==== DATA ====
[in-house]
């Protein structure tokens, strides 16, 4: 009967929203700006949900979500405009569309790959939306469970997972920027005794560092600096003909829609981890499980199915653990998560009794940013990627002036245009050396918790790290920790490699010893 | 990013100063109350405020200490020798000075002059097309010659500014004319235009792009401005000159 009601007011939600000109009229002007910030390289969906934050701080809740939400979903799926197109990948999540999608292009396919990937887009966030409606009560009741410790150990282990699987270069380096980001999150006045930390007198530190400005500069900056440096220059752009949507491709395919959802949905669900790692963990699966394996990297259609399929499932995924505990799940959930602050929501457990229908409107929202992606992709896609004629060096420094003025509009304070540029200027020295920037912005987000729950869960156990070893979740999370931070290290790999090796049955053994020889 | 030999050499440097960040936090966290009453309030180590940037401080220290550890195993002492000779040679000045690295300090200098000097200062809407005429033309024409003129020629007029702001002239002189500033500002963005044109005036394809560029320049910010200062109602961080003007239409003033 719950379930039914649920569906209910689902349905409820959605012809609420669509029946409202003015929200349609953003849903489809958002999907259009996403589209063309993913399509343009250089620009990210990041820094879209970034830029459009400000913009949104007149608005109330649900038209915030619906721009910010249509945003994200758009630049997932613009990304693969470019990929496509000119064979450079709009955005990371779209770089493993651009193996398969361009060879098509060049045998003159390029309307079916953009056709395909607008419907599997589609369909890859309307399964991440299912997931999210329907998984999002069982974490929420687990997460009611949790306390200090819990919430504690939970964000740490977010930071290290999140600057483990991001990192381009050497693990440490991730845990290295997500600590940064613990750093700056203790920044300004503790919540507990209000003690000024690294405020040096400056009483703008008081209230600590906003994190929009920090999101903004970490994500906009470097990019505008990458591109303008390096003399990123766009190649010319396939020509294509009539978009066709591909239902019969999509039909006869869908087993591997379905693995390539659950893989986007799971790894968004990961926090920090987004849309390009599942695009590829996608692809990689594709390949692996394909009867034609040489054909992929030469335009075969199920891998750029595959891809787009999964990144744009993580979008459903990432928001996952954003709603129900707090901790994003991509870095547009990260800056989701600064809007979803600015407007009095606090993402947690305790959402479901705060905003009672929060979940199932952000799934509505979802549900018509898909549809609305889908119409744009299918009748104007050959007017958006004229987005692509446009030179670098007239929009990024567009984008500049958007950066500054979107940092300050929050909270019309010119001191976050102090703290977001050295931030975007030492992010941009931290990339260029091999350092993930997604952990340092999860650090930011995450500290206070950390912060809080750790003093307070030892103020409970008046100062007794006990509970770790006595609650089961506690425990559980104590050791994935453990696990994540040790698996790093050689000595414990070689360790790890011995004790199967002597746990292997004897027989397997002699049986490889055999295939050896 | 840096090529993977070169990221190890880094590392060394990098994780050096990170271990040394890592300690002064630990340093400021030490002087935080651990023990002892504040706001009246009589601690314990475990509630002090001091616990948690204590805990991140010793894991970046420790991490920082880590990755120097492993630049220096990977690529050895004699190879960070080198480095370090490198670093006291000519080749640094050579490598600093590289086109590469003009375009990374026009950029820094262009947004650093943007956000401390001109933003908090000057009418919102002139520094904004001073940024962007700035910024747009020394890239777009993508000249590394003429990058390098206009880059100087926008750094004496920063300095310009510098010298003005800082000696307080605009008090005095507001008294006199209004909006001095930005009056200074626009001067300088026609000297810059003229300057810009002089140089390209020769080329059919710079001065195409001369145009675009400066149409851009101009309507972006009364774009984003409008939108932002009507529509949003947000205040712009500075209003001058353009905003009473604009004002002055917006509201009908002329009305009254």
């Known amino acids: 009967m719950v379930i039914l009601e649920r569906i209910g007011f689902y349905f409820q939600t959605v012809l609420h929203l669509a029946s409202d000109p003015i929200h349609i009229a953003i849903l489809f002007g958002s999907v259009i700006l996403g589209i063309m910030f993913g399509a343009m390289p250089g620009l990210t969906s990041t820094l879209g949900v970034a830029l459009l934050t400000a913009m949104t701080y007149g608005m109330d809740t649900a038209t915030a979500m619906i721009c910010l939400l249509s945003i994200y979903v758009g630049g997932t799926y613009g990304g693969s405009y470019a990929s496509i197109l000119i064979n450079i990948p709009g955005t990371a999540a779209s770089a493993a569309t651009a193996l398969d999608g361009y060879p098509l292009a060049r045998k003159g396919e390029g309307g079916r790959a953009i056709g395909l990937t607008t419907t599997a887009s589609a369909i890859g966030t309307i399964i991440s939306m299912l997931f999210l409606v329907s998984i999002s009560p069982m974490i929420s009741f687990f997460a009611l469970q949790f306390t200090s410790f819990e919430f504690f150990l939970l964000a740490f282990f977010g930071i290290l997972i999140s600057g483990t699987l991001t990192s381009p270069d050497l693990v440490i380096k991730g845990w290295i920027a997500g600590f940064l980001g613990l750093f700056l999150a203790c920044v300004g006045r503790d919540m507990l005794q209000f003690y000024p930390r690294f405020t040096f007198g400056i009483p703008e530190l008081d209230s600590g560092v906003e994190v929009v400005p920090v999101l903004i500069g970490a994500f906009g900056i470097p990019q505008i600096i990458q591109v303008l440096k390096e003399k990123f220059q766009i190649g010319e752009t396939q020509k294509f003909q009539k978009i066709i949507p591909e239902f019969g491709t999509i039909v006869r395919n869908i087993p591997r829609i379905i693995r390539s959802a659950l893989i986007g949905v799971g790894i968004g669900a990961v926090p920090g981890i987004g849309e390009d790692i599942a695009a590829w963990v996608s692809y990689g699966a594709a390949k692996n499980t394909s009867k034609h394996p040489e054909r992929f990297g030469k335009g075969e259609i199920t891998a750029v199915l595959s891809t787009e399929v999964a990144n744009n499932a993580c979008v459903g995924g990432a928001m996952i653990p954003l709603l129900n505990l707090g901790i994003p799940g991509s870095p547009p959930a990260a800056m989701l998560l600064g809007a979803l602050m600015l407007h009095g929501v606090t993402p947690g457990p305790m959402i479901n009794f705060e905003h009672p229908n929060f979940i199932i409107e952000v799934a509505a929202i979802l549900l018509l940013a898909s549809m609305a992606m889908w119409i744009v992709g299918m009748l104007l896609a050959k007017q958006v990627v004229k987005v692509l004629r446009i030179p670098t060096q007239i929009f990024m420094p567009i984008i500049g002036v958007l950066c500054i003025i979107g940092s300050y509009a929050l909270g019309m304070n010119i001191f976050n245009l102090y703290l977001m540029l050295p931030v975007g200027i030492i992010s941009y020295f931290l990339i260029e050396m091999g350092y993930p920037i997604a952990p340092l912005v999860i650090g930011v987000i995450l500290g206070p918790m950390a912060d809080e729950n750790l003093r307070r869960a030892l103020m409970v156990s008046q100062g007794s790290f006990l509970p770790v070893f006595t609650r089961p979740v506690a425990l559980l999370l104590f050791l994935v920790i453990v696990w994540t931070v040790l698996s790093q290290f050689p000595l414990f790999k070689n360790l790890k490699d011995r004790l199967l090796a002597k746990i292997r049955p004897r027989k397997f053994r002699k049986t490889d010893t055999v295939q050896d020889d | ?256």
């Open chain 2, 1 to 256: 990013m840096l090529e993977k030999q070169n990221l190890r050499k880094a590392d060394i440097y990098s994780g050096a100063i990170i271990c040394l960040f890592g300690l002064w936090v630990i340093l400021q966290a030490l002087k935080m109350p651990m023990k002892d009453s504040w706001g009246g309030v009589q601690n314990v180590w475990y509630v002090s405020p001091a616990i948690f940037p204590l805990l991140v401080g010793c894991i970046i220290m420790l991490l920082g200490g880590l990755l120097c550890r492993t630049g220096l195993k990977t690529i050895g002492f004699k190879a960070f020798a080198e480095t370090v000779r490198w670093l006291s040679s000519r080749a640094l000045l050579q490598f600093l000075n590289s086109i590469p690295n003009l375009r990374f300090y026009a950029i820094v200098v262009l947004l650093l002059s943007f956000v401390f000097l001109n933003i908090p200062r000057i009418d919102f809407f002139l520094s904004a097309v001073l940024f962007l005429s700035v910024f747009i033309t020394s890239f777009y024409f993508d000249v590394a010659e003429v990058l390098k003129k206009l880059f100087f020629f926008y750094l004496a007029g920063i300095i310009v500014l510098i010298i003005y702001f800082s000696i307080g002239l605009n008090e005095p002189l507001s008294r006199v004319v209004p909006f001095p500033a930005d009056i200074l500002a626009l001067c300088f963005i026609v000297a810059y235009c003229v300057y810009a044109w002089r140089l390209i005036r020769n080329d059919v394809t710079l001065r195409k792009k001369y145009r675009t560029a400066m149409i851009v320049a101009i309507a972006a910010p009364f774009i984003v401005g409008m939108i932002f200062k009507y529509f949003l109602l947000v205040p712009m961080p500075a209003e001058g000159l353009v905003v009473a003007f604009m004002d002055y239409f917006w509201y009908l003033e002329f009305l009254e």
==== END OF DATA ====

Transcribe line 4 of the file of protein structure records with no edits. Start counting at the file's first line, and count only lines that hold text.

């Open chain 2, 1 to 256: 990013m840096l090529e993977k030999q070169n990221l190890r050499k880094a590392d060394i440097y990098s994780g050096a100063i990170i271990c040394l960040f890592g300690l002064w936090v630990i340093l400021q966290a030490l002087k935080m109350p651990m023990k002892d009453s504040w706001g009246g309030v009589q601690n314990v180590w475990y509630v002090s405020p001091a616990i948690f940037p204590l805990l991140v401080g010793c894991i970046i220290m420790l991490l920082g200490g880590l990755l120097c550890r492993t630049g220096l195993k990977t690529i050895g002492f004699k190879a960070f020798a080198e480095t370090v000779r490198w670093l006291s040679s000519r080749a640094l000045l050579q490598f600093l000075n590289s086109i590469p690295n003009l375009r990374f300090y026009a950029i820094v200098v262009l947004l650093l002059s943007f956000v401390f000097l001109n933003i908090p200062r000057i009418d919102f809407f002139l520094s904004a097309v001073l940024f962007l005429s700035v910024f747009i033309t020394s890239f777009y024409f993508d000249v590394a010659e003429v990058l390098k003129k206009l880059f100087f020629f926008y750094l004496a007029g920063i300095i310009v500014l510098i010298i003005y702001f800082s000696i307080g002239l605009n008090e005095p002189l507001s008294r006199v004319v209004p909006f001095p500033a930005d009056i200074l500002a626009l001067c300088f963005i026609v000297a810059y235009c003229v300057y810009a044109w002089r140089l390209i005036r020769n080329d059919v394809t710079l001065r195409k792009k001369y145009r675009t560029a400066m149409i851009v320049a101009i309507a972006a910010p009364f774009i984003v401005g409008m939108i932002f200062k009507y529509f949003l109602l947000v205040p712009m961080p500075a209003e001058g000159l353009v905003v009473a003007f604009m004002d002055y239409f917006w509201y009908l003033e002329f009305l009254e």